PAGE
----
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As a woman of color and someone who grew up without much financial security, I can tell you proactively planning for your children’s financial future matters a lot. It could be the difference between having to work as soon as you are legally able to versus being able to be a “kid.” It may be the difference between freely choosing the university that is an excellent fit for you personally and academically or choosing the cheapest one.
Or it could simply be the ability to actively choose where you want to live once you leave home.
As a financial advisor, I’ve spent lots of time helping my clients decide how to invest for their children. I’m also a mother who has decided to invest for my three girls. I know it can be a difficult decision to navigate, and I want to share some tips with you as you decide how you can begin with confidence.
I’ve found that a desire to provide better for our children is almost universal in my work as a financial advisor. I have yet to find a parent who didn’t want to give a better financial start in life for their child than they had.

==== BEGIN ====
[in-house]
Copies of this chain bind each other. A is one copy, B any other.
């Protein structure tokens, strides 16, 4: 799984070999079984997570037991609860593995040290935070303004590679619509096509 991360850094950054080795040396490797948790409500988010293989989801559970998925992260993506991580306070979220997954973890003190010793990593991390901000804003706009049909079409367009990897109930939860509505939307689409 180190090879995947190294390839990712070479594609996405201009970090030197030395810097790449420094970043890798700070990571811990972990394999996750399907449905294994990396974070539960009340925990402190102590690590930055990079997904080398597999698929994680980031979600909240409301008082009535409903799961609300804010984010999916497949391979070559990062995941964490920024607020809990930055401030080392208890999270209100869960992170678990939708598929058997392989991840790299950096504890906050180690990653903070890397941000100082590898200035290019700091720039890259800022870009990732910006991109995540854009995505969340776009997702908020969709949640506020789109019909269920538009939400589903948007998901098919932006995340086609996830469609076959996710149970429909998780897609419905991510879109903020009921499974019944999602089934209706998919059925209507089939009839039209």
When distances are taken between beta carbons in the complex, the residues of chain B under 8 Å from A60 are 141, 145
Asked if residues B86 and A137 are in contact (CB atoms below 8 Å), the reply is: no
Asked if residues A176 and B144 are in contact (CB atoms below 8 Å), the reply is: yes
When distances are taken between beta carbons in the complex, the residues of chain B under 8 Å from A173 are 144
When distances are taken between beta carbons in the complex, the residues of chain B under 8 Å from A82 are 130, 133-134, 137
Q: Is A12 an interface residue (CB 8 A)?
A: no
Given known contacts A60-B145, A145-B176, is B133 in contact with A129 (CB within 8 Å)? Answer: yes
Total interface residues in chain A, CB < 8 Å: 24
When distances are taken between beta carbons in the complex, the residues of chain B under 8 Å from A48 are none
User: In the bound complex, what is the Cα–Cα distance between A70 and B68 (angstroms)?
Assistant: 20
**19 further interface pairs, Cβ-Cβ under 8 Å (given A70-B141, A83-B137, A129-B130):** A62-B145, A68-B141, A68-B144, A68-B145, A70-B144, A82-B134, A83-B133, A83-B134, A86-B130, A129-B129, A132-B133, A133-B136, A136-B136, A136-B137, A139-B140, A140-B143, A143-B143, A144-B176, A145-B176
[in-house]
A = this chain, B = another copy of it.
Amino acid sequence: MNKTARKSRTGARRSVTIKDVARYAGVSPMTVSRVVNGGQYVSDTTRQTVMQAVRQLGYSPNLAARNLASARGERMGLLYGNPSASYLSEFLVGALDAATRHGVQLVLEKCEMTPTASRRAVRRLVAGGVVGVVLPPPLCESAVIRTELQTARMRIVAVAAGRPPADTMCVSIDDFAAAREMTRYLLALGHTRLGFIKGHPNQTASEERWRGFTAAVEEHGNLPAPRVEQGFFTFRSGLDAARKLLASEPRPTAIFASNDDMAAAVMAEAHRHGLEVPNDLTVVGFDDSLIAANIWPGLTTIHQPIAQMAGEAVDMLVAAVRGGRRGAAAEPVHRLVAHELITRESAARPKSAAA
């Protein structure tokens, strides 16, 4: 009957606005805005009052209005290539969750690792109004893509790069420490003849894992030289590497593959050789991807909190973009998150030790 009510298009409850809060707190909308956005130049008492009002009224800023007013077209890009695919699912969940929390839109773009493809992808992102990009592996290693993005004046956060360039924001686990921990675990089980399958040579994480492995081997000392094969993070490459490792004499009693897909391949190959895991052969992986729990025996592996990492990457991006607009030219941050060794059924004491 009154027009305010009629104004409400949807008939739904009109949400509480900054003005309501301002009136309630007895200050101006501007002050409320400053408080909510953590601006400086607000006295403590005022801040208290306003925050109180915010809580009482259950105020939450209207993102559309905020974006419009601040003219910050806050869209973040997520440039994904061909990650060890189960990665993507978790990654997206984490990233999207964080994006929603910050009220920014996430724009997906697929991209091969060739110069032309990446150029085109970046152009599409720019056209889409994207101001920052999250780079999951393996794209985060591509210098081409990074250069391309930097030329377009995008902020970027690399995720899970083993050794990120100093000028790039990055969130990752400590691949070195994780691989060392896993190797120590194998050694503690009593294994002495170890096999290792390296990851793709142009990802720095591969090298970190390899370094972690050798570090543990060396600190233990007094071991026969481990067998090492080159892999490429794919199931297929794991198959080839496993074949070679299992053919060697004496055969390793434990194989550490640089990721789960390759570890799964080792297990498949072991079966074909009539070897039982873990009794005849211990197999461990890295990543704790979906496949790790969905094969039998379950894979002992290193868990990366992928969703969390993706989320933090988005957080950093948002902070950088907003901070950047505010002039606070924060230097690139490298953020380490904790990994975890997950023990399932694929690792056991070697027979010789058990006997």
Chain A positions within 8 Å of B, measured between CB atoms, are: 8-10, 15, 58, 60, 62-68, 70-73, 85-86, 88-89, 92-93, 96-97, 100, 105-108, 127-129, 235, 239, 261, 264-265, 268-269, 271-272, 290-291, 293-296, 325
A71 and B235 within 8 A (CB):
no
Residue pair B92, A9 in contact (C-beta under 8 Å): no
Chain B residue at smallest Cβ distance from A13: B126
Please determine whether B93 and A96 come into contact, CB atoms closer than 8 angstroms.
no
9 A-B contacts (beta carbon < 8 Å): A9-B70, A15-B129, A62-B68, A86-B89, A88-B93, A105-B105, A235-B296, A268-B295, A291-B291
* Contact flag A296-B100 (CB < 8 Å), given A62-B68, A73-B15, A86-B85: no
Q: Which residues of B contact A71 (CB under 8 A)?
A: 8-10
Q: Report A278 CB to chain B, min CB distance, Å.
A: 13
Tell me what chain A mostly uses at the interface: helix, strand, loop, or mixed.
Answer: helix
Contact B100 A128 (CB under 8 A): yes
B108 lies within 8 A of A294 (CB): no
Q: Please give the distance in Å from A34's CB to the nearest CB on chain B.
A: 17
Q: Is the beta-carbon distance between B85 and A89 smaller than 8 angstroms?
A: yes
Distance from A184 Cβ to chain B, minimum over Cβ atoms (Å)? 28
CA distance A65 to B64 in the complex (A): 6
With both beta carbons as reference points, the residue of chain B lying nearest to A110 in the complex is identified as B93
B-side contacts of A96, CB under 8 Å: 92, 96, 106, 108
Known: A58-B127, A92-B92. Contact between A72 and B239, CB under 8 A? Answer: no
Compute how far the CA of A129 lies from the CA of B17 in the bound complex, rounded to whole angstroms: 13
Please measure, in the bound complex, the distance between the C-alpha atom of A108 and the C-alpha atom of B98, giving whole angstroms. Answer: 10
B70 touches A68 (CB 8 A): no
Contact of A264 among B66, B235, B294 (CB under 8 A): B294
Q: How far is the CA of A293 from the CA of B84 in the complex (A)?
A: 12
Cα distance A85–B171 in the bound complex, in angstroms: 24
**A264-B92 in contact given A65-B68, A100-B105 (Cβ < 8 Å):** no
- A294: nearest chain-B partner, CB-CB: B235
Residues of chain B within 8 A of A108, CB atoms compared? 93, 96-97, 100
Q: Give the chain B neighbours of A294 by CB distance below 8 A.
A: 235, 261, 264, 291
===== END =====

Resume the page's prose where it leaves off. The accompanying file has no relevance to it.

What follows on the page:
I find most parents don’t know how to start or how exactly to decide between the myriad options out there. I want to walk you through the options and give you the tools to determine which might be right for your family — after all, finances are not a one-size-fits-all game.
1. A High Yield Savings Account
I generally recommend everyone have a high yield savings account. These are low-risk ways to make money on your money than other conventional types of savings accounts because the APYs on these are higher. For example, many high yield savings accounts right now are offering .50% APY, or an expected rate of interest earned over a year.
I typically advise against selecting savings accounts at regular brick and mortar banks for several reasons. Firstly, they currently earn a very low-interest rate which does not allow your hard-earned money to grow. Secondly, there is no inherent tax benefit – short or long term. These types of savings accounts usually have .01% APY, which is exponentially smaller than a high yield savings account.
If you do utilize a traditional savings account, I recommend opening that high-yield savings account instead of a …….